For women who work long hours, take care of their families, and need skills and mentorship to grow as leaders and activists, three days together just isn’t enough. That was the refrain from the 2016 Midwest and Northeast Summer Schools for Working Women.
The Midwest school, hosted by the Illinois Labor History Society in Chicago, was divided into Beginner and Advanced tracks, with care taken to tailor the curriculum at both levels to the needs of both traditional union members and worker center activists. The 55 women in attendance learned about concrete topics, such as grievance handling, labor law and economics, and took time for relaxation, yoga, and fellowship (including a visit to a Chicago blues club). The participants also took a labor history tour of the city, which featured a visit from an actor (and SAG-AFTRA member) portraying radical labor activist Lucy Parsons. Workers’ centers were well represented in the Midwest school, including the Fannie Lou Hamer Women’s Committee from Kansas City, and ARISE Chicago.
The Northeast Summer School for Women in Unions and Worker Organizations, hosted by Rutgers University School for Management and Labor Relations, boasted an attendance of 139 women from eleven states and a host of different unions and worker organizations. The School’s organizers noted that “this year the energy seemed particularly optimistic” at the School. “Whenever you bring together a source of strong-minded women, not only do you create a sense of unity, you create a sense of focus and drive,’’ summer school instructor Janelle Blackmon told Rutgers Today, a campus public relations news magazine. “We come together and solve problems and come away with a sense of direction about what we need to do.” Workshops included such titles as “Sister to Sister: Building a Young Worker Program That Will Strengthen Our Movement,” and “Strategies for Moving up in Leadership.” One participant, Tsering Lama of the Pakistani women workers’ center Adhikaar, said, “I came back energized, inspired and ready for a challenge, but most importantly I became part of a sisterhood.” Emma McDonald from 1199/SEIU said she came away from the school with a “sense of hope, looking toward not only my future, but our future as a movement.”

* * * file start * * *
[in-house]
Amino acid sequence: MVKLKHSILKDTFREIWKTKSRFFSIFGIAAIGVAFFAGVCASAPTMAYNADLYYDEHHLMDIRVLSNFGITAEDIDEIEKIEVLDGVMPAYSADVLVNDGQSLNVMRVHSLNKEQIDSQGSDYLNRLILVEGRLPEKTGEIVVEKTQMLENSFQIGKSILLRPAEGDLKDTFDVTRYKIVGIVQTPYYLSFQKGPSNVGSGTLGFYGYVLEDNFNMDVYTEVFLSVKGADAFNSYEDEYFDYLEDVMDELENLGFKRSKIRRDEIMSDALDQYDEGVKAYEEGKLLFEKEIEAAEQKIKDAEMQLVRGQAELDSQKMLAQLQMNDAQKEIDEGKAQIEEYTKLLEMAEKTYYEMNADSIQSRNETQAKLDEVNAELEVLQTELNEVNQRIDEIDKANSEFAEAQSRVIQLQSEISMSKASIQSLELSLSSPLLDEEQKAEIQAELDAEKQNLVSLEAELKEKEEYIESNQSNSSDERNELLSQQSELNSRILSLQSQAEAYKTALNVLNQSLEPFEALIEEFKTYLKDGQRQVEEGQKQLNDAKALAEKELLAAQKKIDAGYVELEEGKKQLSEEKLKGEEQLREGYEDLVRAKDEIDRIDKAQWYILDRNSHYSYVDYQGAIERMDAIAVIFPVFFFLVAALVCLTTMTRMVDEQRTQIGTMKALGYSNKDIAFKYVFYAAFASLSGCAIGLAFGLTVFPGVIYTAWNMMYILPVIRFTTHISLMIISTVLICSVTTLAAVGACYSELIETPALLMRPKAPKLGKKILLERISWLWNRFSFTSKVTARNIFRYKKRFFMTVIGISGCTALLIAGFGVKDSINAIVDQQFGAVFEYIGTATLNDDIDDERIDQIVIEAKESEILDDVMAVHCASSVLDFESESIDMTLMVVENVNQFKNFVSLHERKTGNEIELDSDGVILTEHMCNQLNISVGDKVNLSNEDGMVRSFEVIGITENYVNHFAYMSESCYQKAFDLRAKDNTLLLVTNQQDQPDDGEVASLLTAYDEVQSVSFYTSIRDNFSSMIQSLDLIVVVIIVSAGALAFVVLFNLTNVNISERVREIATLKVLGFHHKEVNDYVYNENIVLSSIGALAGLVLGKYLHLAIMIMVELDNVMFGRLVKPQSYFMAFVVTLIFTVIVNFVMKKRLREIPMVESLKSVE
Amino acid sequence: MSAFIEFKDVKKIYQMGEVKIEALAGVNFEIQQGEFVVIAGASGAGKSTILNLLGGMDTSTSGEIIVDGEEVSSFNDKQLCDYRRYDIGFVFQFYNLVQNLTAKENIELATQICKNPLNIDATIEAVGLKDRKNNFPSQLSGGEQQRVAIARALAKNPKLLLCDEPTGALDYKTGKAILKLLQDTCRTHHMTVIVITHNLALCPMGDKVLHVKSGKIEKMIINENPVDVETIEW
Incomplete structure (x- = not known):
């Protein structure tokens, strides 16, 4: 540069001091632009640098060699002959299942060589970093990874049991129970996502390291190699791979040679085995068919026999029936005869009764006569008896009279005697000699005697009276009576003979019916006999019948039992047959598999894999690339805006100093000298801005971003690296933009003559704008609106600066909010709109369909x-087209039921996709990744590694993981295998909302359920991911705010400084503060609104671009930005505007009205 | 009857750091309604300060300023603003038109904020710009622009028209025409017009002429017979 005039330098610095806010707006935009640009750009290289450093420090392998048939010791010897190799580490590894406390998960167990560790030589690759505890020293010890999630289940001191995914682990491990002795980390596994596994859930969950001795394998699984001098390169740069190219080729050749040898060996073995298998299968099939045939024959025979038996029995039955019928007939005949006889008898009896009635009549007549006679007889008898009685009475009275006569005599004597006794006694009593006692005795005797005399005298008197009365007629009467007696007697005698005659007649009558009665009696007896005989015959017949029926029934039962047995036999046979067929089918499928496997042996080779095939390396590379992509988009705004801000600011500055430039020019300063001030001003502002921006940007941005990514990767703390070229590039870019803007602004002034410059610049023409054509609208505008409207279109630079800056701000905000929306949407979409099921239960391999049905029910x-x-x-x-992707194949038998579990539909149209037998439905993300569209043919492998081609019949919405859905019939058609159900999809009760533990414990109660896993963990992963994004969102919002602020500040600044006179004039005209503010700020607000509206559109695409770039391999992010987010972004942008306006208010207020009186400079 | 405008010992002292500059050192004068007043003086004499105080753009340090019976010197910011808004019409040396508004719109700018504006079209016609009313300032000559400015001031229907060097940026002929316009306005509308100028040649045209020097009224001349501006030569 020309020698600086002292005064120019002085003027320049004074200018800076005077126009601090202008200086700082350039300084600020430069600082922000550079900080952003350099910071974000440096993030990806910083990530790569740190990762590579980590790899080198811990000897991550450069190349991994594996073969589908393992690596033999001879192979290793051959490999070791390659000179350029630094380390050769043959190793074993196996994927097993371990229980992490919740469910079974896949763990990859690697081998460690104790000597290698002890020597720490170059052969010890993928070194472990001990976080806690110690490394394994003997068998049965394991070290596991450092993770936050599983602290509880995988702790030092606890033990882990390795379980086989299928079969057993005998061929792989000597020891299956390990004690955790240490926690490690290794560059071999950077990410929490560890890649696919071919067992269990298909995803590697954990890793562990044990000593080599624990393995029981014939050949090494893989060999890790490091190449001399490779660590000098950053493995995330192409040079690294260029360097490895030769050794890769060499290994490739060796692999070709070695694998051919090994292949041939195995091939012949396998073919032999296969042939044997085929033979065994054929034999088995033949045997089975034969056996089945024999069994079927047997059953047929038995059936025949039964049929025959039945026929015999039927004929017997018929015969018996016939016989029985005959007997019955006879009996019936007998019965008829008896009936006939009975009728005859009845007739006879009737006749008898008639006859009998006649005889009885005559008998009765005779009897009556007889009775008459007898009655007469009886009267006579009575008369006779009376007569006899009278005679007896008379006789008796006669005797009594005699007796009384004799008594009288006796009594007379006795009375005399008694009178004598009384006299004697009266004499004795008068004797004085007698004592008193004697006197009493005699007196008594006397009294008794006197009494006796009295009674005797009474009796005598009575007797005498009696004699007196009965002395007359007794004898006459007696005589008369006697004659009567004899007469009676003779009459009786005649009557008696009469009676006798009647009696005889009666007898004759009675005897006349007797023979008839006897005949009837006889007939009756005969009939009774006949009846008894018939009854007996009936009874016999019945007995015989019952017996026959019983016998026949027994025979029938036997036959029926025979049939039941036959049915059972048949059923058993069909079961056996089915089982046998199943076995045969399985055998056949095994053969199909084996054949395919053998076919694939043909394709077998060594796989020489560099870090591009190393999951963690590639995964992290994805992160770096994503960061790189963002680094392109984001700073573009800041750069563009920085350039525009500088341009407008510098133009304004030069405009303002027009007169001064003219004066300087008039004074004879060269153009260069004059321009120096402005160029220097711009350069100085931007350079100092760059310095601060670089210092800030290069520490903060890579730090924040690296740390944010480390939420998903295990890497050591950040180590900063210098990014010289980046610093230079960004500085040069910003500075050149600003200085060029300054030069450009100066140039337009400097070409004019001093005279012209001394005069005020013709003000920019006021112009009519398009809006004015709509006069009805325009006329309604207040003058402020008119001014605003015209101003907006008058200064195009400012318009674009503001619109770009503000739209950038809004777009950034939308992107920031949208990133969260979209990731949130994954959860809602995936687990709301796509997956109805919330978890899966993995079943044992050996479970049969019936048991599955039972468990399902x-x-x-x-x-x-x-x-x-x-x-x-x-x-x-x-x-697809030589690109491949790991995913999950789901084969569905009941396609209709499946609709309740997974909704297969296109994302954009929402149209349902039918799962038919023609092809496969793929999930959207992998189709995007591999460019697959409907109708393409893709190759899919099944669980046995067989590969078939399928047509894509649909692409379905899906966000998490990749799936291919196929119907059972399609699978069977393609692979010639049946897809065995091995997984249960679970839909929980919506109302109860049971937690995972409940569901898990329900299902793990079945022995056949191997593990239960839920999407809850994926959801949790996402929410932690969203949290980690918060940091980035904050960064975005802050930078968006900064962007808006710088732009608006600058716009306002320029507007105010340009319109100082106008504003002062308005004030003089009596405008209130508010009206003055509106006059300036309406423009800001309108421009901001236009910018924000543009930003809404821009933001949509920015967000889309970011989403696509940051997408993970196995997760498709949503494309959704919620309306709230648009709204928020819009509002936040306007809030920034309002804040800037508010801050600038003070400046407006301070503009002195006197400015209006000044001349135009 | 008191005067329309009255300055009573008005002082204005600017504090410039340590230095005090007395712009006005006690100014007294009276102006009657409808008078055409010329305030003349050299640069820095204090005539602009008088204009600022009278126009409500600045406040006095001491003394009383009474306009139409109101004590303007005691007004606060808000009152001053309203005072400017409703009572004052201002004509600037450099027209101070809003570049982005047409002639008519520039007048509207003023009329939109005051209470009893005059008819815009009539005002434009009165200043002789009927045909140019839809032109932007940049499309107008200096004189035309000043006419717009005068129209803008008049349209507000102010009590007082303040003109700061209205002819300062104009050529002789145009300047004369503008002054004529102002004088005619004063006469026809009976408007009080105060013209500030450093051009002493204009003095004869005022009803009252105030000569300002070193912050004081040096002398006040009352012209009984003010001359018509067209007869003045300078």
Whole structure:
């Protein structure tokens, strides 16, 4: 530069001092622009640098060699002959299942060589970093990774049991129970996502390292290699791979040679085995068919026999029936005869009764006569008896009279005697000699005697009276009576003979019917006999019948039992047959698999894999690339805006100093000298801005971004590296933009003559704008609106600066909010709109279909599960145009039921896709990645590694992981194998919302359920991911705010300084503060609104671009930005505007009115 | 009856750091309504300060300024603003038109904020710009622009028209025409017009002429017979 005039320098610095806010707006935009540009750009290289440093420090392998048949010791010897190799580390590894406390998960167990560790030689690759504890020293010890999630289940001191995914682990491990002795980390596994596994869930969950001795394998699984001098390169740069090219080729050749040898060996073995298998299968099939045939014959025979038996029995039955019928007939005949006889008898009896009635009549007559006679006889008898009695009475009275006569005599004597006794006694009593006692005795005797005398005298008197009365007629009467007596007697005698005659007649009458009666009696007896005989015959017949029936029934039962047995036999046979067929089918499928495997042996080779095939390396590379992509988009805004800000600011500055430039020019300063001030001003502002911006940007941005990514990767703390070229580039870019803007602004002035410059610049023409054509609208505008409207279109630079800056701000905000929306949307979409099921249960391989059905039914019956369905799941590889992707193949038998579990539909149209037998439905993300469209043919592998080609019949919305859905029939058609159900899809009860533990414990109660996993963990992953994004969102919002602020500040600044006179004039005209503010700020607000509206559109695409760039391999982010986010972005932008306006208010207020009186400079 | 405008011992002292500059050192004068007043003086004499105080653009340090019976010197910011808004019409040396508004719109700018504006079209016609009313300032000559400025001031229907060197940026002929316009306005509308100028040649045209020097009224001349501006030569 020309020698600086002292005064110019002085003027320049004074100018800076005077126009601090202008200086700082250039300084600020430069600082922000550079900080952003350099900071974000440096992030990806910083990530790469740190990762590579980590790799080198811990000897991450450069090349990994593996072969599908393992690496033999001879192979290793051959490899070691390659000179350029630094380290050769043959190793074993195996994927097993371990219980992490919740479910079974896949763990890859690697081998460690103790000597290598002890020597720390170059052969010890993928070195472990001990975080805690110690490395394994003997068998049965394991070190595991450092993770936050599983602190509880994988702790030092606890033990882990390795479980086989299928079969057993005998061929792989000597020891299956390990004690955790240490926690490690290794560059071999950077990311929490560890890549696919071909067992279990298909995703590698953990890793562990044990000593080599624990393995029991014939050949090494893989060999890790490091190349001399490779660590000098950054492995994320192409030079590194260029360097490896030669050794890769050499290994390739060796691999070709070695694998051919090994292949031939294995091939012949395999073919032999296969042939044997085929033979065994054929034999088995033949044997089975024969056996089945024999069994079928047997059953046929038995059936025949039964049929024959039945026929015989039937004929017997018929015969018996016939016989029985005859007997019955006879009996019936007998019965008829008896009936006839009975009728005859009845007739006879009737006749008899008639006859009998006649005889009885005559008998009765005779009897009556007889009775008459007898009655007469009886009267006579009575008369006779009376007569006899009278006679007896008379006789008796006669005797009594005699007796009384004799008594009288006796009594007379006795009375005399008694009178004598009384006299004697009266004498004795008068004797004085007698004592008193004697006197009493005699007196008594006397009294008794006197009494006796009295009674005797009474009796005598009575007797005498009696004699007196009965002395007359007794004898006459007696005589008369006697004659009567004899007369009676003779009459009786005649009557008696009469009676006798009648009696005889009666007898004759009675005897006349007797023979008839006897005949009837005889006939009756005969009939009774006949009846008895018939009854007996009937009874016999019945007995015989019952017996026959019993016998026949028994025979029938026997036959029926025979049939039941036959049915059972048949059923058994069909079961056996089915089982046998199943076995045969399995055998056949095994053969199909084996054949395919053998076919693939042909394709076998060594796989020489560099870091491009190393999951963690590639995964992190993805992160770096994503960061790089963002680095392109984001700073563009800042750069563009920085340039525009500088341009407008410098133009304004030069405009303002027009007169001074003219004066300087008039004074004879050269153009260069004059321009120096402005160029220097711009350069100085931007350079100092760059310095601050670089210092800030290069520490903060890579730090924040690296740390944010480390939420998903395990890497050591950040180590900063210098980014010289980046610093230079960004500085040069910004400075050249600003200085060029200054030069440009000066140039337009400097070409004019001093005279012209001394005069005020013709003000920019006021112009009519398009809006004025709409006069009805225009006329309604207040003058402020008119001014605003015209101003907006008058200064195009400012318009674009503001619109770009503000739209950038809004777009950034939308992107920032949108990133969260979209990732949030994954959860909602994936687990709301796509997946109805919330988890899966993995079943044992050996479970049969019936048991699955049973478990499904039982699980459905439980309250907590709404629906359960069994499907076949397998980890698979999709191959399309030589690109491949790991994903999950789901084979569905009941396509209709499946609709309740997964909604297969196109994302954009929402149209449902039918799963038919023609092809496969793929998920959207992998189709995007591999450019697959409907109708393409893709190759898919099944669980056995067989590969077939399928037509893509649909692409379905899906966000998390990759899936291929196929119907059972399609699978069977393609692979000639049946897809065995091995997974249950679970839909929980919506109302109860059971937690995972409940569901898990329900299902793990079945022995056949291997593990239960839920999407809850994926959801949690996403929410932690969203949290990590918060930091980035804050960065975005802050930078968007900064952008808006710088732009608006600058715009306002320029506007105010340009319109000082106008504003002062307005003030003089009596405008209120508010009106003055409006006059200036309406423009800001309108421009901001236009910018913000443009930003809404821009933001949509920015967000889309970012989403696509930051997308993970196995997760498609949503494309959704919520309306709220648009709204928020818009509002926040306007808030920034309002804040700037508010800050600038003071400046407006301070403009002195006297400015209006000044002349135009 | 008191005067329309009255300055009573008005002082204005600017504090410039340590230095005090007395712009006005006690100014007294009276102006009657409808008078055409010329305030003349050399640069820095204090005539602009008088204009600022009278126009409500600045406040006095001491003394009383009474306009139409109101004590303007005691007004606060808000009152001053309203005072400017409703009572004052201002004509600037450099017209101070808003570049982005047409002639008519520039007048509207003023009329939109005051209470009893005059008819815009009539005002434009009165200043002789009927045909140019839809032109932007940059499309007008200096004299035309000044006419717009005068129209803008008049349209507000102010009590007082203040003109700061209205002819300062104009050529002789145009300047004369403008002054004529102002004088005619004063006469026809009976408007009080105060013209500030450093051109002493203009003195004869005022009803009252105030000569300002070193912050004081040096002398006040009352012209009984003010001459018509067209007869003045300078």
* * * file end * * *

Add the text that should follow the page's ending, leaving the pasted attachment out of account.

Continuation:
Berger-Marks provided scholarships for young women workers 35 and under to attend the Summer Schools.